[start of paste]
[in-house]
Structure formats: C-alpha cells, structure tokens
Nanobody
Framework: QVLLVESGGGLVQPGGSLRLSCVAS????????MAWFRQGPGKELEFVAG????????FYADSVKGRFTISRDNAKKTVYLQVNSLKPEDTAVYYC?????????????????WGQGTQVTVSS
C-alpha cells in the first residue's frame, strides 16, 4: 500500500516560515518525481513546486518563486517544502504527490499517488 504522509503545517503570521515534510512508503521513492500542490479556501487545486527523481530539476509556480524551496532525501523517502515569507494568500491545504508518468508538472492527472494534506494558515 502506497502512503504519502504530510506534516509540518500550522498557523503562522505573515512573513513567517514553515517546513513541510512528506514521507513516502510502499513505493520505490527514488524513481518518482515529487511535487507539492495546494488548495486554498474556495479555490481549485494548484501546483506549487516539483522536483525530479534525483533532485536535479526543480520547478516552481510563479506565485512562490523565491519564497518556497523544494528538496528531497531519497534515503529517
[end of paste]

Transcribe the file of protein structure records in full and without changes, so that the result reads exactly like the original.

[in-house]
Structure formats: C-alpha cells, structure tokens
Nanobody
Framework: QVLLVESGGGLVQPGGSLRLSCVAS????????MAWFRQGPGKELEFVAG????????FYADSVKGRFTISRDNAKKTVYLQVNSLKPEDTAVYYC?????????????????WGQGTQVTVSS
C-alpha cells in the first residue's frame, strides 16, 4: 500500500516560515518525481513546486518563486517544502504527490499517488 504522509503545517503570521515534510512508503521513492500542490479556501487545486527523481530539476509556480524551496532525501523517502515569507494568500491545504508518468508538472492527472494534506494558515 502506497502512503504519502504530510506534516509540518500550522498557523503562522505573515512573513513567517514553515517546513513541510512528506514521507513516502510502499513505493520505490527514488524513481518518482515529487511535487507539492495546494488548495486554498474556495479555490481549485494548484501546483506549487516539483522536483525530479534525483533532485536535479526543480520547478516552481510563479506565485512562490523565491519564497518556497523544494528538496528531497531519497534515503529517